As Internet access becomes increasingly inexpensive and available, it has become a viable replacement for traditional couriers, telephone, and fax, as well as remote dial-up access to a company’s internal computer resources. SSH, the Secure Shell could be a common software based approach to network security. It is a protocol that enables user to log into another computer over a network, to execute commands in a remote machine, and to maneuver files from one machine to a different.
Overview of Secure Shell
SSH or Secure Shell is a network communication protocol that enables two computers to communicate and share data. An inherent feature of SSH is that the communication between the two computers is encrypted meaning that it is suitable for use on insecure networks.
Secure Shell is a protocol that provides authentication, encryption and data integrity to secure network communications. Implementations of Secure Shell offer the following capabilities: a secure command-shell, secure file transfer, and remote access to a variety of TCP/IP applications via a secure tunnel. Secure Shell client and server applications are widely available for most popular operating systems.
SSH (Secure Shell) is a protocol for running secure network services over an insecure network. The protocol serves as the basis for many implementations of SSH that are now widely available as commercial or noncommercial products.
Typical Uses of the SSH Protocol
The protocol is used in corporate networks for:
- providing secure access for users and automated processes
- interactive and automated file transfers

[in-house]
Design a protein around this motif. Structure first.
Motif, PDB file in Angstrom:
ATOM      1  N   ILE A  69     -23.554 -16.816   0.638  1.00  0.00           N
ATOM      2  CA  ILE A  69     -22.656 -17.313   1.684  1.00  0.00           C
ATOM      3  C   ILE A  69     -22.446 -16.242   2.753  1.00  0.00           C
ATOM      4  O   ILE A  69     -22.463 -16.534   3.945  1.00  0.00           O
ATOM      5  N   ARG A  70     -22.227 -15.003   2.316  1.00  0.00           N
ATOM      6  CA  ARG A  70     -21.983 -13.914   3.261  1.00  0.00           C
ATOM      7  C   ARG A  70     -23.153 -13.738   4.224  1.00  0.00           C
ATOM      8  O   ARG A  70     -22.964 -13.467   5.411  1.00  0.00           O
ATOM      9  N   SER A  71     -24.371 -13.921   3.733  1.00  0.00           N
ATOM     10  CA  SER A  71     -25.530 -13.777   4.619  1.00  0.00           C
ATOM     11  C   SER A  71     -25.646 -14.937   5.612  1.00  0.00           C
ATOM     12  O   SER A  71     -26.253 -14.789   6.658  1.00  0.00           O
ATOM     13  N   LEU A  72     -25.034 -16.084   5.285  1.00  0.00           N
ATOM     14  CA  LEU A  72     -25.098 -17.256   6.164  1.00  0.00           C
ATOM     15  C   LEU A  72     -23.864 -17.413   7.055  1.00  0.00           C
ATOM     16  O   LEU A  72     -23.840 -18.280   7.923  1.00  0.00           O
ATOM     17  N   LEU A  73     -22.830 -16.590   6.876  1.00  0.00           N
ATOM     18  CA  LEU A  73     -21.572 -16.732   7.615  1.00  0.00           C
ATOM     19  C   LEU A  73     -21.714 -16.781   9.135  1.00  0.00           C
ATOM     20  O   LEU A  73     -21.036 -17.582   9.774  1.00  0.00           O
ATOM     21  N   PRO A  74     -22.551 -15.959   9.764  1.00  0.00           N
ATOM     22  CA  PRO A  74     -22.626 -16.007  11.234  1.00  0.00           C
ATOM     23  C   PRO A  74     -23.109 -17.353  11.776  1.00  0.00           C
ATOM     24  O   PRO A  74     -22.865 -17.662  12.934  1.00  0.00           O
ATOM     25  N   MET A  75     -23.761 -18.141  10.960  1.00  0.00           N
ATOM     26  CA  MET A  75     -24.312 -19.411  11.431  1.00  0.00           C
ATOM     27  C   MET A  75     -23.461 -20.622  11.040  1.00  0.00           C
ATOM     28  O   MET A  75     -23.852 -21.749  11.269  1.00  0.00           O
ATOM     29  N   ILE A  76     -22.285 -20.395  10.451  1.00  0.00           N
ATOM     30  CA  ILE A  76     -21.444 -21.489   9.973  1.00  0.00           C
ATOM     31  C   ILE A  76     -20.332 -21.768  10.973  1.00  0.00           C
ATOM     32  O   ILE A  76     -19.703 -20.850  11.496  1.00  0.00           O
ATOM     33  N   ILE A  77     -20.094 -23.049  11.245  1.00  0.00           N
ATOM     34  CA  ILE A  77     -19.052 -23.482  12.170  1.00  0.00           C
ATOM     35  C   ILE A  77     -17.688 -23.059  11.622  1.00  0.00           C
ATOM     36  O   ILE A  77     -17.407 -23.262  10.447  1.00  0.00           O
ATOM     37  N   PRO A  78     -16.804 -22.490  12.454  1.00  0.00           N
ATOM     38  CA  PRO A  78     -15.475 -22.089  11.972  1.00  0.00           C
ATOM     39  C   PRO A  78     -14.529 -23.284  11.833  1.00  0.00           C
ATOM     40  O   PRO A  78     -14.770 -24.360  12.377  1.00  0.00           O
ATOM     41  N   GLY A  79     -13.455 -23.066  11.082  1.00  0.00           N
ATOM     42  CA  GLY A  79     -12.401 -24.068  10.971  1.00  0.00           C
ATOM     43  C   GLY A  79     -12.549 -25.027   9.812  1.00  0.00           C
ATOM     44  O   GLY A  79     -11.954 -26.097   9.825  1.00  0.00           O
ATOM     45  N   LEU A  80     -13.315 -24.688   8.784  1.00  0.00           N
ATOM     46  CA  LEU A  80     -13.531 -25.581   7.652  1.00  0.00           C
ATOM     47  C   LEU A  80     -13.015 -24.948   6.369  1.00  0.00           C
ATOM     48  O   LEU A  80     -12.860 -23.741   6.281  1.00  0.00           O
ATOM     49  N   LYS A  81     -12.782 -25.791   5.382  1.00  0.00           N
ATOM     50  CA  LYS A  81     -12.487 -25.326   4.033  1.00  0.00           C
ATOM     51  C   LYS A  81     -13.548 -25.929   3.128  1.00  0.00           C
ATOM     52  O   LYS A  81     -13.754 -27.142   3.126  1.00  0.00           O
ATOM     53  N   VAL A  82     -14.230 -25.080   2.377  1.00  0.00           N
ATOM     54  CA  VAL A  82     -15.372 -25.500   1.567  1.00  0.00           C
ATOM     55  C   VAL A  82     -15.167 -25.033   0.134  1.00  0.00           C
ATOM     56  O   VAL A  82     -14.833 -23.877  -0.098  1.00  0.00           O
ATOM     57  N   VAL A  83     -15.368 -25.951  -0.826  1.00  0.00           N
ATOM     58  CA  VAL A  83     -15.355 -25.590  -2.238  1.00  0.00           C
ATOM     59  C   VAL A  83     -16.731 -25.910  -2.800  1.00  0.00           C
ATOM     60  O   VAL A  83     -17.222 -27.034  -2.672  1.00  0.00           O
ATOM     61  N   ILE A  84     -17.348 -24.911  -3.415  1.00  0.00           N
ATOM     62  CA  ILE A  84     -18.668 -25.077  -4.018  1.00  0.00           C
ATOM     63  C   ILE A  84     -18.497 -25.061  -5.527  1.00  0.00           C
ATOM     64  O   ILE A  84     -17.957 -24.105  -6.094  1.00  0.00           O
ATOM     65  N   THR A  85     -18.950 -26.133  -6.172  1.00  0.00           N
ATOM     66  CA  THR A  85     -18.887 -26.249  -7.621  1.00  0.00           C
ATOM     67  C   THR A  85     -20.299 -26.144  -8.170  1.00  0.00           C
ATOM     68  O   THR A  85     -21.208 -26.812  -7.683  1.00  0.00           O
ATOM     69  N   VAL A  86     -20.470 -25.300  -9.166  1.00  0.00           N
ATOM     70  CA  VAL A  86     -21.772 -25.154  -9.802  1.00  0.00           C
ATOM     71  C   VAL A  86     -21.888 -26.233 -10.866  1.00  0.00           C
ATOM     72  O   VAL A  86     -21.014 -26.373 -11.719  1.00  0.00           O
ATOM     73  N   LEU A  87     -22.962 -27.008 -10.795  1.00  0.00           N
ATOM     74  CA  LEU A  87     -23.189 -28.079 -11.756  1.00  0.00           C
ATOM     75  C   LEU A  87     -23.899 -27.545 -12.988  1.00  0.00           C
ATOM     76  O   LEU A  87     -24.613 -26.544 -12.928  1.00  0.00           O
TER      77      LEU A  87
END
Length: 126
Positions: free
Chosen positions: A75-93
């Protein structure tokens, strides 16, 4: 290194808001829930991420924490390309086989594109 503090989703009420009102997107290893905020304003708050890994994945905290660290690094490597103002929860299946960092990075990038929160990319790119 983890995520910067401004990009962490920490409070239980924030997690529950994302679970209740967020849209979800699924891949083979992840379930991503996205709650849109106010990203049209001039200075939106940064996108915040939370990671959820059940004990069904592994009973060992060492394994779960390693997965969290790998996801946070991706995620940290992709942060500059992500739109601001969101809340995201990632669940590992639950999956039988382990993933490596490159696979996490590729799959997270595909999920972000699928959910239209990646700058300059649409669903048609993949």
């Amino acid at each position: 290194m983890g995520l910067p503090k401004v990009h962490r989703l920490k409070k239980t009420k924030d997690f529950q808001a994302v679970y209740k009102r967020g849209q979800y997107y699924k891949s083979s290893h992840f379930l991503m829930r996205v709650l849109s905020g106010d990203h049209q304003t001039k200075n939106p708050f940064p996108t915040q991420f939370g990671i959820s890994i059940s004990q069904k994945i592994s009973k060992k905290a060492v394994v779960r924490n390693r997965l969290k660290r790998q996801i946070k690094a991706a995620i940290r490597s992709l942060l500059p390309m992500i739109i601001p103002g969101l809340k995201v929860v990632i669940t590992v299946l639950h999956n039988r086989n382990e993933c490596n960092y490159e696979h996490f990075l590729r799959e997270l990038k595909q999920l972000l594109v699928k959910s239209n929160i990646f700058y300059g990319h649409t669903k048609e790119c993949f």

- issuing remote commands
- Managing network infrastructure and other mission-critical system components.
How Does the SSH Protocol Work
The protocol works in the client-server model, which means that the connection is established by the SSH client connecting to the SSH server. The SSH client drives the connection setup process and uses public key cryptography to verify the identity of the SSH server. After the setup phase the SSH protocol uses strong symmetric encryption and hashing algorithms to ensure the privacy and integrity of the data that is exchanged between the client and server.
The figure below presents a simplified setup flow of a secure shell connection.
Figure: SSH Working
Security Benefits of Secure Shell (SSH)
The Secure Shell protocol provides four basic security benefits:
- User Authentication
- Host Authentication
- Data Encryption
- Data Integrity
User Authentication: Authentication, conjointly remarked as user identity, is the suggests that by that a system verifies that access is merely given to meant users and denied to anyone else. Several authentication strategies square measure currently used, starting from acquired type written passwords to a lot of strong security mechanisms.
Host Authentication: a host keys utilized by a server to prove its identity to a shopper and by a shopper to verify a “known” host. Host keys are represented as persistent asymmetric—much just like the public/private key pairs mentioned on top of within the Public key section.
Data Encryption: Encryption, typically stated as privacy, means that your information is shield from revelation to a would-be assaulter “sniffing” or eaves dropping on the wire. Ciphers are the mechanism by that Secure Shell encrypts and decrypts information being sent over the wire. A block cipher is that the most typical the most typical sort of stellate key algorithms.
Data Integrity: Data integrity guarantees that data sent from one end of a transaction arrives unaltered at the other end. Even with Secure Shell encryption, the data being sent over the network could still be vulnerable to someone inserting unwanted data into the data stream.
 G. Michael and R. Karthikeyan, “A Research on Secure Shell (SSH) Protocol”, International Journal of Pure and Applied Mathematics, Volume 116 No. 16 2017, pp. 559-564
 “An Overview of the Secure Shell (SSH)”, available online at: https://www.vandyke.com/solutions/ssh_overview/ssh_overview.pdf
 “SSH Protocol”, available online at: https://www.ssh.com/ssh/protocol/
 “What is SSH and how do I use it?” available online at: http://www.ucl.ac.uk/isd/services/research-it/research-data/storage/access-guide/what-is-ssh